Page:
• profile image

      Cerulean Crayon 3 years ago

      I have recognized a couple things about myself, as an artist. A winner is only a winner for a short while, until the next winner takes his place. But an artist who creates without thought of what's in it for himself, other than the created piece and his created peace, has a lasting reward. When making a product from a pure idea, it is deviation to consider whether it will be popular to the marketplace. Being a "flash in the pan" comes close to the last thing I would want. Is this how the Impressionists felt?

    • midget38 profile image

      Michelle Liew 3 years ago from Singapore

      Yes, Rasma!

    • midget38 profile image

      Michelle Liew 3 years ago from Singapore

      True, Denise!

    • midget38 profile image

      Michelle Liew 3 years ago from Singapore

      True, it's an ideal. We just do the best we can!

    • midget38 profile image

      Michelle Liew 3 years ago from Singapore

      We have and will, Bill!

    • Gypsy Rose Lee profile image

      Gypsy Rose Lee 3 years ago from Riga, Latvia

      No one to compete against for me unless a contest comes up on the net. Fair competition is the best competition. Passing this on.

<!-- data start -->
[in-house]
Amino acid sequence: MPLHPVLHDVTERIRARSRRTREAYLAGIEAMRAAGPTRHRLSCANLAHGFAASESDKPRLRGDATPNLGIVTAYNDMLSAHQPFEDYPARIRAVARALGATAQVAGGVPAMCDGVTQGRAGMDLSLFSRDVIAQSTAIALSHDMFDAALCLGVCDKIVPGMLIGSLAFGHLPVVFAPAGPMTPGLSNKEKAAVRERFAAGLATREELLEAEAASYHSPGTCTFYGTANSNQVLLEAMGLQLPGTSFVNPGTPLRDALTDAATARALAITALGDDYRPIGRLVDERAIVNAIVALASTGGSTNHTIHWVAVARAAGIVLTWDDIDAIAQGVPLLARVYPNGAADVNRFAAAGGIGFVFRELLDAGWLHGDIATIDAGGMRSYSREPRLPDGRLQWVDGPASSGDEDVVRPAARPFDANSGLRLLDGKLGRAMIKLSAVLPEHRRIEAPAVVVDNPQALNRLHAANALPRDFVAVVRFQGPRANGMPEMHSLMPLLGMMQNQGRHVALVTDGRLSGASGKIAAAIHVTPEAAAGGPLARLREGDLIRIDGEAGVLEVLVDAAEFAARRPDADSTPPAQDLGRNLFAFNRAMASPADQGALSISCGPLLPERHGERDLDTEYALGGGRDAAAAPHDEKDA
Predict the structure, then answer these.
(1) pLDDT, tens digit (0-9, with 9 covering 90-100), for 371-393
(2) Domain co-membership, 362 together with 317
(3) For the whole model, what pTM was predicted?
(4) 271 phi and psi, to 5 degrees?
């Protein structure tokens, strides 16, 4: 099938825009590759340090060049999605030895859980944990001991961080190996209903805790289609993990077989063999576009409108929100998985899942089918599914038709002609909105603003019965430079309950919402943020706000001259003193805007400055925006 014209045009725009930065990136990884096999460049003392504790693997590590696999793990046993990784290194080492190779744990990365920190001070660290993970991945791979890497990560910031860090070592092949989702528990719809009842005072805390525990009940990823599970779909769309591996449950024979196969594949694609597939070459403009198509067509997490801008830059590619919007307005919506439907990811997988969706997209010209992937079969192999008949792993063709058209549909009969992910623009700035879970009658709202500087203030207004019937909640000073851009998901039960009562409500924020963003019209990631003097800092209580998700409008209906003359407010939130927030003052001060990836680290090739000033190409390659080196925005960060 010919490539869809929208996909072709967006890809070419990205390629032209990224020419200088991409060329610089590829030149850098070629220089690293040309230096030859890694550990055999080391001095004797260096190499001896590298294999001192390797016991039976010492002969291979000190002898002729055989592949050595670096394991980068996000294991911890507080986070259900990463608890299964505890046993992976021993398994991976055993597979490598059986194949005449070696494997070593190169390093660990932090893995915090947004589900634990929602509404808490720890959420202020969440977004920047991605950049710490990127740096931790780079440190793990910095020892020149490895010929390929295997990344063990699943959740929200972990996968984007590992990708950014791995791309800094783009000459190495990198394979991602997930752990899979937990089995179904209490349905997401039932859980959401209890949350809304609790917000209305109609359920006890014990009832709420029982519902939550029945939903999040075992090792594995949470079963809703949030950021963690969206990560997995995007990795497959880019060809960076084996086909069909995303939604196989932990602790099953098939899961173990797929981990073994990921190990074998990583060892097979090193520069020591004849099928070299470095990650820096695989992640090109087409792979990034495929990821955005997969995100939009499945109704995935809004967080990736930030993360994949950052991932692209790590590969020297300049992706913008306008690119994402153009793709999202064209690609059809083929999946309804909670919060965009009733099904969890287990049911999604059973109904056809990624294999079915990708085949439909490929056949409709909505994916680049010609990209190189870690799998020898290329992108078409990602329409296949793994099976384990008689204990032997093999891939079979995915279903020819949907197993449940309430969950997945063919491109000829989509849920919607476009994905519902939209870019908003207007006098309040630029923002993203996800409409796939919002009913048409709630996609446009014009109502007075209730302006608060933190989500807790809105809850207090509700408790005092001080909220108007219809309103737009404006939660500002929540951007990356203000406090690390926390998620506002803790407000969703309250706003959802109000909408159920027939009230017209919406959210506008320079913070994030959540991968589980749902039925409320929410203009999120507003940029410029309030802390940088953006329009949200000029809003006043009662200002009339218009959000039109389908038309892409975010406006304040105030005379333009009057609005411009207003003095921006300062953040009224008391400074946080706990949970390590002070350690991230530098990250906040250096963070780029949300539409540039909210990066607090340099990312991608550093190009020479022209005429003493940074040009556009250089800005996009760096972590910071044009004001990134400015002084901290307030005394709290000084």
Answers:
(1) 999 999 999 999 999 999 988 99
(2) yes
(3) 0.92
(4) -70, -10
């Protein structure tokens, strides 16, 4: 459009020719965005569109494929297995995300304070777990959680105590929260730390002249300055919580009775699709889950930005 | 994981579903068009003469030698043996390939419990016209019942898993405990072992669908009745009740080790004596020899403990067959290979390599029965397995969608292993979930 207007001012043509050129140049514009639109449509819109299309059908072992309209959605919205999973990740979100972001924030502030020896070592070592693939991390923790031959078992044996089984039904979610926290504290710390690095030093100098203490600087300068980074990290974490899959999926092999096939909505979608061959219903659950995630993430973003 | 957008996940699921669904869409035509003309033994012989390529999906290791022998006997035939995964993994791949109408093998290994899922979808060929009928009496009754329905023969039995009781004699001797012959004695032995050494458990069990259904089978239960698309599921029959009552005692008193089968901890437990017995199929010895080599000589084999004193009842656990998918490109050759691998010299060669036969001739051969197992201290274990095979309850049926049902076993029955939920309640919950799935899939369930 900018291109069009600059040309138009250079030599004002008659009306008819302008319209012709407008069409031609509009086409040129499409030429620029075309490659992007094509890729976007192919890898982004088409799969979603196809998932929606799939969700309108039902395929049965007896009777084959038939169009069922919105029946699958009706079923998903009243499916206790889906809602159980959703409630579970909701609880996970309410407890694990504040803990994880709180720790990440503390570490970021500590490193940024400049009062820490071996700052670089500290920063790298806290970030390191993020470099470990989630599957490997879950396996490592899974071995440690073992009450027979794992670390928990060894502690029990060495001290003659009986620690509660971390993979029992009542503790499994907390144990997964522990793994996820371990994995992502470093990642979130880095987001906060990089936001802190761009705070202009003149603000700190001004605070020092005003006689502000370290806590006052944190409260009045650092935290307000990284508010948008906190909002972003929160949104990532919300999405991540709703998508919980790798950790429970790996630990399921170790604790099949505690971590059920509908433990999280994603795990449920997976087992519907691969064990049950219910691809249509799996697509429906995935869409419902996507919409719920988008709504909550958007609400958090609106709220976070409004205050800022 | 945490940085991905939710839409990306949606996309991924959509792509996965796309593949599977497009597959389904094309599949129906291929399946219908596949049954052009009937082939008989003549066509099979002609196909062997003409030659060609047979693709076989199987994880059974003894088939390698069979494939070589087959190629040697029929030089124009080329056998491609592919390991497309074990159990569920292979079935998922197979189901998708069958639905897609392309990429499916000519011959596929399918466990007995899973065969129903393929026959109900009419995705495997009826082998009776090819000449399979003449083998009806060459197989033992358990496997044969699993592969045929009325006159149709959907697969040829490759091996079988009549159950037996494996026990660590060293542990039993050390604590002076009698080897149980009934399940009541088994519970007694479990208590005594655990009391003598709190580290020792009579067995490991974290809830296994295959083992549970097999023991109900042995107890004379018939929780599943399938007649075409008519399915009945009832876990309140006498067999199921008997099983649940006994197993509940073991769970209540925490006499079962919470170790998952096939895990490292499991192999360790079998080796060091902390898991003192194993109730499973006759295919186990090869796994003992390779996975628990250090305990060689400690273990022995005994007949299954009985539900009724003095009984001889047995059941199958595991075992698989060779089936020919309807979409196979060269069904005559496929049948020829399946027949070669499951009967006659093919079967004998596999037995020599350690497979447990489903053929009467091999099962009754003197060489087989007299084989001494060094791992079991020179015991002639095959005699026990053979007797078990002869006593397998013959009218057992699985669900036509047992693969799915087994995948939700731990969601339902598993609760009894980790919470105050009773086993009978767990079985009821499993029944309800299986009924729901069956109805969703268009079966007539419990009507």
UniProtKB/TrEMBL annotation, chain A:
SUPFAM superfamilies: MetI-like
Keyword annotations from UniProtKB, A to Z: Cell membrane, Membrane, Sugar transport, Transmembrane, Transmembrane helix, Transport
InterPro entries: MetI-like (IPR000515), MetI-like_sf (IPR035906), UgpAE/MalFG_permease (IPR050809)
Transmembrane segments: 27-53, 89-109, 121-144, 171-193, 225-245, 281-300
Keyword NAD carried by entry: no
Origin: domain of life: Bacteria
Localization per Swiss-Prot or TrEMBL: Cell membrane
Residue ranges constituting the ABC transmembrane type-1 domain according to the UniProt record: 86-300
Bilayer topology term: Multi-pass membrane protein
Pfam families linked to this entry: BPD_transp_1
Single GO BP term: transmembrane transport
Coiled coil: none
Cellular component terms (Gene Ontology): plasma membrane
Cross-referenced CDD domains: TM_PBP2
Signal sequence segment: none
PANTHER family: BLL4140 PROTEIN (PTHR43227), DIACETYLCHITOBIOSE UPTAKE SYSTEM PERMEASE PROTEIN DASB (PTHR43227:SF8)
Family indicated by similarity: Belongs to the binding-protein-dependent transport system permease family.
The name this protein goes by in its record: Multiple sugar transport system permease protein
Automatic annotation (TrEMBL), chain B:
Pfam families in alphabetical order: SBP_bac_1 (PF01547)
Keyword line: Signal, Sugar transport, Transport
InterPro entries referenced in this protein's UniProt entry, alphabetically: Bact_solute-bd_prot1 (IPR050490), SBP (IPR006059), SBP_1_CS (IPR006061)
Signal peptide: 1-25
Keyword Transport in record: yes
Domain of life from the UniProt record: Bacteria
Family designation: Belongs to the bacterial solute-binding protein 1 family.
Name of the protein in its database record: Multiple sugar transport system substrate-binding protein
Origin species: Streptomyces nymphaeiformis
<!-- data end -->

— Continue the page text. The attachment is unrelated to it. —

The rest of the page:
• denise.w.anderson profile image

      Denise W Anderson 3 years ago from Bismarck, North Dakota

      Comparing my writing to that of others on Hub Pages has been a good thing for me. It has driven me to want to be better and accomplish more. Without this friendly avenue of "competition" I would not be working toward other publishing goals. I think that competition is the basis of our capitalistic society. Without it, we would not have all that we do.

    • m abdullah javed profile image

      muhammad abdullah javed 3 years ago

      Hi Michelle, wonderful thought over an important aspect of activism, thanks for sharing. For ensuring fair competition i think we must have certain set objectives or goals without which the competitive spirit does not flourish. You have rightly mentioned the role and rules, but for that specific objectives are quite essential.

    • dashingscorpio profile image

      dashingscorpio 3 years ago

      Aside from meeting a list of requirements to enter into a contest there will always be people who have an advantage over others. Some people are naturally bigger, stronger, and faster than others. Rich people get better medical treatment and legal representation than poor people.

      Jobs are often given to those with an "inside track" through networking or connections. Everyone (prepares) differently for a goal and therefore some people will have discovered better or more effective ways to get results they want. Lastly some people are blessed to be born with more ambition and determination to rise to the top. You can't level that.

      Competition will never truly be "fair" because (life is not fair).

      It's survival of the fittest! (Smartest, Richest, or Best looking) :)

    • billybuc profile image

      Bill Holland 3 years ago from Olympia, WA

      Was I? Yes! Am I now? No! I like to think I have matured a bit. :)

    • midget38 profile image

      Michelle Liew 3 years ago from Singapore

      How can we make competition fair?